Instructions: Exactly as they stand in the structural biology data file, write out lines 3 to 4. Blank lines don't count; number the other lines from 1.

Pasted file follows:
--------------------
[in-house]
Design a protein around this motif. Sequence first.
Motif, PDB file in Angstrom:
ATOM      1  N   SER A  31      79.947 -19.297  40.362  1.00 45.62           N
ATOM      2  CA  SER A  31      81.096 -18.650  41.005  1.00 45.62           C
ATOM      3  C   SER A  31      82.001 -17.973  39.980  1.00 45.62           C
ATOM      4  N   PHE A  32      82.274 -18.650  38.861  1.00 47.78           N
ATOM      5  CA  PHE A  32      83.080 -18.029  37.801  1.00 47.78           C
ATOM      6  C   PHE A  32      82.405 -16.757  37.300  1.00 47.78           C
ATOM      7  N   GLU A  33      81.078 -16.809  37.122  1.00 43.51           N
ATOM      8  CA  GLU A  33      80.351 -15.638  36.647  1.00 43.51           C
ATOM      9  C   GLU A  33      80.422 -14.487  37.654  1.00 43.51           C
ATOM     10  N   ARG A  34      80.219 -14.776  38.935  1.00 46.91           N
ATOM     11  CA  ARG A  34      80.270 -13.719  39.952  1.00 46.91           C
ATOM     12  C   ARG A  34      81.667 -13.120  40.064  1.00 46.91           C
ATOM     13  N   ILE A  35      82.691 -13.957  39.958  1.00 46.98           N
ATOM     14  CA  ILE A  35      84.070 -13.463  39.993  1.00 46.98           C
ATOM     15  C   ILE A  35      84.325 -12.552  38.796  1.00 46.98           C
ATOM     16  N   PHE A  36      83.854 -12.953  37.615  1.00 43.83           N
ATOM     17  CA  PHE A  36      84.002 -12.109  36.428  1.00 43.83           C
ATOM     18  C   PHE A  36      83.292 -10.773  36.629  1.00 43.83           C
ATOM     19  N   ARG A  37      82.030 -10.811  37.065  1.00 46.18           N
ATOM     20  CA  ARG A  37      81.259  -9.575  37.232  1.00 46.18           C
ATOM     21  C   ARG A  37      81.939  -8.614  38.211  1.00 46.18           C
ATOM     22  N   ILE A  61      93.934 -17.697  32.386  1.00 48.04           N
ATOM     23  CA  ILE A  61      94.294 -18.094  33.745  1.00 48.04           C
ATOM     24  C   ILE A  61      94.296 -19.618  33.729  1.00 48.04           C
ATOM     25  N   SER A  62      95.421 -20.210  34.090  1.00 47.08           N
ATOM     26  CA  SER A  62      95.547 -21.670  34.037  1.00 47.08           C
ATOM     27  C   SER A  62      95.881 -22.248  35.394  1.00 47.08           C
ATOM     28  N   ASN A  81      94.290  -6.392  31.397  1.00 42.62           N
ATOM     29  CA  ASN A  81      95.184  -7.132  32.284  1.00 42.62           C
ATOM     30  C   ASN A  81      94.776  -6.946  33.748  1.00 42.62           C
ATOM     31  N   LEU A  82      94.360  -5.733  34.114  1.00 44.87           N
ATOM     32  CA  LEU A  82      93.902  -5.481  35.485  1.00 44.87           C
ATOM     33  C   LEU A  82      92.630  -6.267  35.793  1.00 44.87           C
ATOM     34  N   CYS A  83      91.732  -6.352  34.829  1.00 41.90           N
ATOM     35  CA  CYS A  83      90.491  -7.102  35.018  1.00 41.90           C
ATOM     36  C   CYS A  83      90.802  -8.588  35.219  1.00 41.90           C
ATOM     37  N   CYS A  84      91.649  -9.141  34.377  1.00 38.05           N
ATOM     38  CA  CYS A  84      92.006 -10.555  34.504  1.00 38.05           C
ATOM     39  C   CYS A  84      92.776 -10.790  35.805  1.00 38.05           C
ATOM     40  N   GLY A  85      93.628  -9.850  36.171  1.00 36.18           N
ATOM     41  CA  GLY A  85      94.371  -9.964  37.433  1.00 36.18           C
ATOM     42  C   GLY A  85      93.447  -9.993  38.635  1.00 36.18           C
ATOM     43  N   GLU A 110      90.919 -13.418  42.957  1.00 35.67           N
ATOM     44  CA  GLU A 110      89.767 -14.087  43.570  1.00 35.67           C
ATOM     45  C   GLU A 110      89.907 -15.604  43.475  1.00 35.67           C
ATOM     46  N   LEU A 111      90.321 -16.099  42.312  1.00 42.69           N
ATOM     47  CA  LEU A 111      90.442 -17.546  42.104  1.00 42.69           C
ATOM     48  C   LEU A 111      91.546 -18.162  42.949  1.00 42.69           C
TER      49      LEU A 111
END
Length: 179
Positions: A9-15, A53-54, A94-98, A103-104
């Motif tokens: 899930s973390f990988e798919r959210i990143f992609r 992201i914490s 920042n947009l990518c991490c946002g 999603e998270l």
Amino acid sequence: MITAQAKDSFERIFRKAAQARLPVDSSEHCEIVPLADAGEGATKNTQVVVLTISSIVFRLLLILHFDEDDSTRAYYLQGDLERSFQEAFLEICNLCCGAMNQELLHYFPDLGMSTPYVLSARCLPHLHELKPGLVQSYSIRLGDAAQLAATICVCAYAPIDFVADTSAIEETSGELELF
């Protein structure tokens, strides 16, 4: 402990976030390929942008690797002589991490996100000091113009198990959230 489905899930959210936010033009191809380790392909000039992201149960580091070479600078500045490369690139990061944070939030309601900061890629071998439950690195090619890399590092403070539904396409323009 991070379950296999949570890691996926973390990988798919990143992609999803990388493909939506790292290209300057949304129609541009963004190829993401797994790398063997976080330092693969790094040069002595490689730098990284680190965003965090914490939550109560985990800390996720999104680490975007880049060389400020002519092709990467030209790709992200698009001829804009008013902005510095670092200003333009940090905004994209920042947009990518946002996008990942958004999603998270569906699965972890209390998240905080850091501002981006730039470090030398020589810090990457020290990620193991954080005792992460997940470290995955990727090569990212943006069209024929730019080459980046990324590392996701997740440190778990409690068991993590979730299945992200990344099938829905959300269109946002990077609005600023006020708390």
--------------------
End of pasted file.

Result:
Motif, PDB file in Angstrom:
ATOM      1  N   SER A  31      79.947 -19.297  40.362  1.00 45.62           N